PK deficiency Variations in Case Studies | For HCPs

Case Studies


Explore these case profiles to find out more about the consequences of misdiagnosis as well as symptoms and complications over time.

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Unexplained periods of sickness
Testing for general anemia, aplastic anemia, sickle cell anemia
Age 25
Presented at hospital with extreme abdominal pain; confirmed splenomegaly and gallstones
Diagnosis of PK deficiency
Ages 25 to 35
Patient feels "fairly well"
Age 36
Patient presents with severe pain; iron overload is observed. Chelation therapy initiated
Age 58
Presented at hospital with severe hemolytic crisis; first transfusion given Splenectomy and cholecystectomy performed
*Due to the variability of the disease, case profiles are not reflective of every patient.

Inflammatory anemia, hyperbilirubinemia attributed to Gilbert syndrome (not confirmed by genetic testing)
Age 27
Baseline hemoglobin (Hb) improvement of 11.5 to 12.5 g/dL
Age 29
Markers of hemolysis
  • Hb: 10.9 g/dL (low)
  • Absolute reticulocyte count:
    1030 × 109/L (high)
  • Haptoglobin: undetectable
  • Indirect bilirubin: 3.7 mg/dL (high)
Additional evaluations
  • Direct antiglobulin test: negative
  • Hb electrophoresis: unremarkable
  • Erythrocyte membrane defects: negative
PK enzyme and genetic testing
PK activity: 1.2 U/g Hb (reference range, 6.7-14.3 U/g Hb)
Compound heterozygosity for 2 PKLR missense mutations
*Due to the variability of the disease, case profiles are not reflective of every patient.
Patients with PK deficiency can be diagnosed at any age.
Among patients enrolled in the Pyruvate Kinase Deficiency Natural History Study, age at diagnosis ranged from 4 months to 60 years4,‡

Age-related data available for 243 of the 254 patients.

The Pyruvate Kinase Deficiency Natural History Study was funded by Agios Pharmaceuticals.

Symptom Burden

Diagnosed with PK deficiency in childhood; transfusion-dependent until splenectomized at age 8
Ages 8 to 49
5 RBC transfusions total
Nonsmoker; experiences decreased exercise tolerance, despite no changes to baseline hemoglobin, during her late 40s
Age 52
Receiving regular RBC transfusion (2 units every 8 weeks) to raise hemoglobin above 10.0 g/dL
Age 54
Requires 2 RBC units every 6 weeks
*Due to the variability of the disease, case profiles are not reflective of every patient.
In PK deficiency, hemoglobin levels may not correlate with disease severity4

Iron Overload

Transfusion dependence attributed to congenital anemia of unclear etiology
Age 8
Diagnosed with PK deficiency
Splenectomized; transfusion dependence resolved
Age 40

FACIT-F Score: 48 (score range, 0-52)

Ferritin 670 ng/mL (consensus cutoff, 500 ng/mL)

LIC: 8.9 mg/g dry weight (reference range, 0.17-1.8 mg/g dry weight)

Patient initiated on chelation therapy after being advised of the risks of iron overload

FACIT-F=Functional Assessment of Chronic Illness Therapy Fatigue.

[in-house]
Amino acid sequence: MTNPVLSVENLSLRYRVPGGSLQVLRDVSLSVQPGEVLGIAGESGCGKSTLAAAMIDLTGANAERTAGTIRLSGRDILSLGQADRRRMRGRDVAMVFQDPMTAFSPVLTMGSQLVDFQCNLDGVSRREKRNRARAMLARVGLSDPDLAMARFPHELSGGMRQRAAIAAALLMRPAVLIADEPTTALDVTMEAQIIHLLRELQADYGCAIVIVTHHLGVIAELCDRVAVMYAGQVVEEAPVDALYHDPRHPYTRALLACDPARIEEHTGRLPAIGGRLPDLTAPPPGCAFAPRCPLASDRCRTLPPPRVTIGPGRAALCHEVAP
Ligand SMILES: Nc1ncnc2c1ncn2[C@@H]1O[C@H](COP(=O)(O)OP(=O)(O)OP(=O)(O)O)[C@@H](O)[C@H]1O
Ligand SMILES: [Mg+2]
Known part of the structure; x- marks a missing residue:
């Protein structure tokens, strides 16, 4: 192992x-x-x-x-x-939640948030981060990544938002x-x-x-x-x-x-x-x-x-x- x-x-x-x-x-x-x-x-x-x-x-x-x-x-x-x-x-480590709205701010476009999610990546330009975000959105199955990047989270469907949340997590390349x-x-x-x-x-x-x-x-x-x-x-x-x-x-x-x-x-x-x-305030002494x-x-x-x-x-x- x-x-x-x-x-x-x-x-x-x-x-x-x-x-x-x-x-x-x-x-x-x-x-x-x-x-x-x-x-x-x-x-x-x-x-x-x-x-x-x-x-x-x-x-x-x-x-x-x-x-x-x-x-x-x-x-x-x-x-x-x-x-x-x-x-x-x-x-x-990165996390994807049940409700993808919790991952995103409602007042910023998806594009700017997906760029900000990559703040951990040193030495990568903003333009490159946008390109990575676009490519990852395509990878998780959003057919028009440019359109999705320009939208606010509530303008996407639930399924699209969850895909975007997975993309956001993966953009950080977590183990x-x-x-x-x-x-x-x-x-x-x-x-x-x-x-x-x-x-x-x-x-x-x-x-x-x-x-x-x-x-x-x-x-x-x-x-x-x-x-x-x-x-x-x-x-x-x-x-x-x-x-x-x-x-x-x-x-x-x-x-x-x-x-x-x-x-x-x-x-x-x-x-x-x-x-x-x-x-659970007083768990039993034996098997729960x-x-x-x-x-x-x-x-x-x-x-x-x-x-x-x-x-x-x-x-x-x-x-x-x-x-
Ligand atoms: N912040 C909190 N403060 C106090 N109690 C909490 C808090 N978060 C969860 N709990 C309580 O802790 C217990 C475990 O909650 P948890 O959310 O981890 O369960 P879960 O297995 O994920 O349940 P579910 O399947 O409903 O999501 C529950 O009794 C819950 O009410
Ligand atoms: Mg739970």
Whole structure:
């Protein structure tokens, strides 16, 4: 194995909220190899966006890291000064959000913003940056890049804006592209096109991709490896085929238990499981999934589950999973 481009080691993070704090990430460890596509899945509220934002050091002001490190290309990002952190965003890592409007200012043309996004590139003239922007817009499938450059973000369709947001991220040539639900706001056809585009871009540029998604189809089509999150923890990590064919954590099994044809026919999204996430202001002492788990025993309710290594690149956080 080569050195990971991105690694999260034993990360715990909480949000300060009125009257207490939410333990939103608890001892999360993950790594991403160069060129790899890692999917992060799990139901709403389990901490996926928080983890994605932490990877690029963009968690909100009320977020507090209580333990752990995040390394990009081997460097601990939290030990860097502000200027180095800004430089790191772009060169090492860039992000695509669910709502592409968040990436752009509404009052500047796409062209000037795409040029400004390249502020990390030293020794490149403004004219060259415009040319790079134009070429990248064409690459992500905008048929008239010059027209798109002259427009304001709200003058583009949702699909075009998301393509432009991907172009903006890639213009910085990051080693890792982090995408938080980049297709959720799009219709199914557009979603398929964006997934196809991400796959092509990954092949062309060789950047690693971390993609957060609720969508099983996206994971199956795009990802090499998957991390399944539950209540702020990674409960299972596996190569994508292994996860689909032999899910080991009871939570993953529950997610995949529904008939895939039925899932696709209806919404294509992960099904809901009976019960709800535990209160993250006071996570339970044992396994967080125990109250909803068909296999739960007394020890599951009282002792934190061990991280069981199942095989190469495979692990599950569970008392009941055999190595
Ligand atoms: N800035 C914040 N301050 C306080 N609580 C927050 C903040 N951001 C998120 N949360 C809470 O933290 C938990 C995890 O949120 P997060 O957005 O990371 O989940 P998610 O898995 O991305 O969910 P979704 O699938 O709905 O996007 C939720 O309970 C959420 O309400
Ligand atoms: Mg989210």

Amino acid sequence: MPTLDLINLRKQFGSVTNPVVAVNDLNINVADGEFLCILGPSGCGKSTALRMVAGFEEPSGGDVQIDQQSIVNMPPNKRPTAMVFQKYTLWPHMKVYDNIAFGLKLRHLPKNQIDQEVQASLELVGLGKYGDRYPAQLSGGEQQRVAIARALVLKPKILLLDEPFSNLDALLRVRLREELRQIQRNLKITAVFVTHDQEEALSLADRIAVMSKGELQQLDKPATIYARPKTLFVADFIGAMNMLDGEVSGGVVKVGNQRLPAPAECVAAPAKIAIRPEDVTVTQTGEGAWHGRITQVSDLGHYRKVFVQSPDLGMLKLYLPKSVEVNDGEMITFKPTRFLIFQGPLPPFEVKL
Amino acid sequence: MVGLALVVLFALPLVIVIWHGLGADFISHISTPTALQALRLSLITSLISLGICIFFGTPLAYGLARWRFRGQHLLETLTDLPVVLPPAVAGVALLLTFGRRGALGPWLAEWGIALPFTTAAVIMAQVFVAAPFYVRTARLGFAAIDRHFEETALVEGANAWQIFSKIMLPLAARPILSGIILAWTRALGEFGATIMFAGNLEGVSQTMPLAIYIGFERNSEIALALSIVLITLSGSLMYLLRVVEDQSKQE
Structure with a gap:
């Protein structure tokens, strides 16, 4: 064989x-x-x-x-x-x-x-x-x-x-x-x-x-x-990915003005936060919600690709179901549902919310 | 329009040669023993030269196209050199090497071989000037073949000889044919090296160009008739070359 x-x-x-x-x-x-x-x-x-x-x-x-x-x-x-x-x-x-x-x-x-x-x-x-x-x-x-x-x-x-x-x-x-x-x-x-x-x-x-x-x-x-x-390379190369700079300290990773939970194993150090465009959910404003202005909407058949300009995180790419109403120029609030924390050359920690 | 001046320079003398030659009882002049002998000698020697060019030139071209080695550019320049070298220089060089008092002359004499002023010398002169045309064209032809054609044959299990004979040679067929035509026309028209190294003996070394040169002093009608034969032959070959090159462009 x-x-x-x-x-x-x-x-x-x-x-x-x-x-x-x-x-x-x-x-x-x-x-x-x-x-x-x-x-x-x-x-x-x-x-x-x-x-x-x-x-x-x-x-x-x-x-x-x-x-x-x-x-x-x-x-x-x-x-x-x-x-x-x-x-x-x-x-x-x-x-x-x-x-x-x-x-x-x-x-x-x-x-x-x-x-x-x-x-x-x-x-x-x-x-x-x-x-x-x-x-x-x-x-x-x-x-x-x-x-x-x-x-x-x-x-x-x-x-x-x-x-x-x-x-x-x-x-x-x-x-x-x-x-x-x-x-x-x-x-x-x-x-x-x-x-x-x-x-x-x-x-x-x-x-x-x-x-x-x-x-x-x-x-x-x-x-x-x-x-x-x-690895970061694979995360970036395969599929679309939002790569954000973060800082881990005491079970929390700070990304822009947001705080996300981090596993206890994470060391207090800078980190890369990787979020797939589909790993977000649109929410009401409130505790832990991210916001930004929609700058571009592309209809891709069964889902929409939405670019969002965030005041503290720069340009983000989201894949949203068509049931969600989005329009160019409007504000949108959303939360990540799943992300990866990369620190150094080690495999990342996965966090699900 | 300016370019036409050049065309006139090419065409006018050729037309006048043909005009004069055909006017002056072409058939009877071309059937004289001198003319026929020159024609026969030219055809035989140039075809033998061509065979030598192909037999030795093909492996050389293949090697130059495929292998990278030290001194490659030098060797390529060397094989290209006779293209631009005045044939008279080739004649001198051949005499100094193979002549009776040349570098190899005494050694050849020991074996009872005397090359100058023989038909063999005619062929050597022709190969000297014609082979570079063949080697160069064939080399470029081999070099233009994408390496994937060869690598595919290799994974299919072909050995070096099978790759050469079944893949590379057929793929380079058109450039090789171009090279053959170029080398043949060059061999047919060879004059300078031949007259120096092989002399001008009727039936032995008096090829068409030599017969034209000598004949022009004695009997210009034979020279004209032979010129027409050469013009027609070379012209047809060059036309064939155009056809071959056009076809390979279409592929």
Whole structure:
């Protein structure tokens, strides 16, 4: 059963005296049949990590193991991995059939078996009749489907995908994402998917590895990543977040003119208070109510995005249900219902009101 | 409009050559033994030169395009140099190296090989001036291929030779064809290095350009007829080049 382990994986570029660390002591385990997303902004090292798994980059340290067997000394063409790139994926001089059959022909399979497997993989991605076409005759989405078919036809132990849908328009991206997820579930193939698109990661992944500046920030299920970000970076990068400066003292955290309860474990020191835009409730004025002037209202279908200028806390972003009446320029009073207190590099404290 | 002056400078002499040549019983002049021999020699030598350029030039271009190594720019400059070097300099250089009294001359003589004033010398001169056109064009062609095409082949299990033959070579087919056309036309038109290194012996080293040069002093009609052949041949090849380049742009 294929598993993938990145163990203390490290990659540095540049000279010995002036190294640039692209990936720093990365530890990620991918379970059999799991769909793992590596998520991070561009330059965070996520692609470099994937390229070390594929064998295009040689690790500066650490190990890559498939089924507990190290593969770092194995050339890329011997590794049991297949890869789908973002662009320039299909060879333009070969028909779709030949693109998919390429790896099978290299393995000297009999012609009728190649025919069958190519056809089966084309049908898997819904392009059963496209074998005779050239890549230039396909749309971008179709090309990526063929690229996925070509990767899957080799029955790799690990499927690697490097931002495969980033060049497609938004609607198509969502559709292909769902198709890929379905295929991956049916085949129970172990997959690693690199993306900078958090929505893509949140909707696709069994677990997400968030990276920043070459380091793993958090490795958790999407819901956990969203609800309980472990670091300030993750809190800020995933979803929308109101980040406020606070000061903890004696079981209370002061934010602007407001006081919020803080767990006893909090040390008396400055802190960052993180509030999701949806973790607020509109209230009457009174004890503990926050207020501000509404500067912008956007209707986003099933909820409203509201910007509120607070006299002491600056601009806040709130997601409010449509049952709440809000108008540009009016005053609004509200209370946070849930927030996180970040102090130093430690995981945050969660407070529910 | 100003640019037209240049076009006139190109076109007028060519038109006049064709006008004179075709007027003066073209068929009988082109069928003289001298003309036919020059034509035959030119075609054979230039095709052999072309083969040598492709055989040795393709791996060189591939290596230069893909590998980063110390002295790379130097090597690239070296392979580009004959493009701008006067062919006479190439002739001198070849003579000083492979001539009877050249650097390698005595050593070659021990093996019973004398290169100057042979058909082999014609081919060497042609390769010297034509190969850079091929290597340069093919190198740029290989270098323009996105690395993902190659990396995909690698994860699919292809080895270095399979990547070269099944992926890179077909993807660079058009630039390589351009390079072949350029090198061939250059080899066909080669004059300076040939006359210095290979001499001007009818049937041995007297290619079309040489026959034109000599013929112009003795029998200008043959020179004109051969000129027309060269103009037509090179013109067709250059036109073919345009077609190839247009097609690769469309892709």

*Due to the variability of the disease, case profiles are not reflective of every patient.

Diagnosed with nonspherocytic hemolytic anemia, later confirmed as PK deficiency
Given empirical iron supplementation
AGE 51
Symptoms of anemia minimal, and Hb averaged 9 g/dL; serum ferritin of 3700 μg/L
AGE 52
Hb level dropped to 6–7 g ⁄dL, and began requiring intermittent blood transfusions; refused chelation therapy
AGE 62
Diagnosed with diabetes mellitus and coincident hypotestosteronism; began chelation therapy (deferoxamine)
AGE 63
March: Heart failure secondary to iron overload precipitated an acute hospital admission; commenced on amiodarone and ACE inhibitors

April: Chelation therapy changed (due to suspected hearing impairment)

October: Became markedly confused with psychotic symptoms caused by acute hypothyroidism
  • Attributed to amiodarone and deferiprone, both of which can cause hypothyroidism; contribution of iron deposition in the thyroid gland uncertain
  • MRI confirmed extensive iron deposition in liver and pancreas; cardiac MRI not available
*Due to the variability of the disease, case profiles are not reflective of every patient.
Download our monitoring tool
Monitoring for iron overload is crucial to preventing complications and managing PK deficiency. Download our monitoring tool.6,7

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References: 1. Bianchi P, Fermo E, Glader B, et al. Addressing the diagnostic gaps in pyruvate kinase deficiency: consensus recommendations on the diagnosis of pyruvate kinase deficiency. Am J Hematol. 2019;94(1):149-161 [supplementary online material]. 2. Al-Samkari H, van Beers EJ, Kuo KHM, et al. The variable manifestations of disease in pyruvate kinase deficiency and their management [published online ahead of print March 12, 2020]. Haematologica. 2019;2019:240846. doi:10.3324/haematol.2019.240846. 3. Grace RF, Bianchi P, van Beers EJ, et al. Clinical spectrum of pyruvate kinase deficiency: data from Pyruvate Kinase Deficiency Natural History Study. Blood. 2018;131(20):2183-2192. 4. Zanella A, Fermo E, Bianchi P, Valentini G. Red cell pyruvate kinase deficiency: molecular and clinical aspects. Br J Haematol. 2005;130(1):11-25. 5. Marshall SR, Saunders PW, Hamilton PJ, Taylor PR. The dangers of iron overload in pyruvate kinase deficiency. Br J Haematol. 2003;120(6):1090-1091. 6. Grace RF, Layton DM, Barcellini W. How we manage patients with pyruvate kinase deficiency. Br J Haematol. 2019;184(5):721-734. 7. van Beers EJ, van Straaten S, Morton DH, et al. Prevalence and management of iron overload in pyruvate kinase deficiency: report from the Pyruvate Kinase Deficiency Natural History Study. Haematologica. 2019;104(2):e51-e53.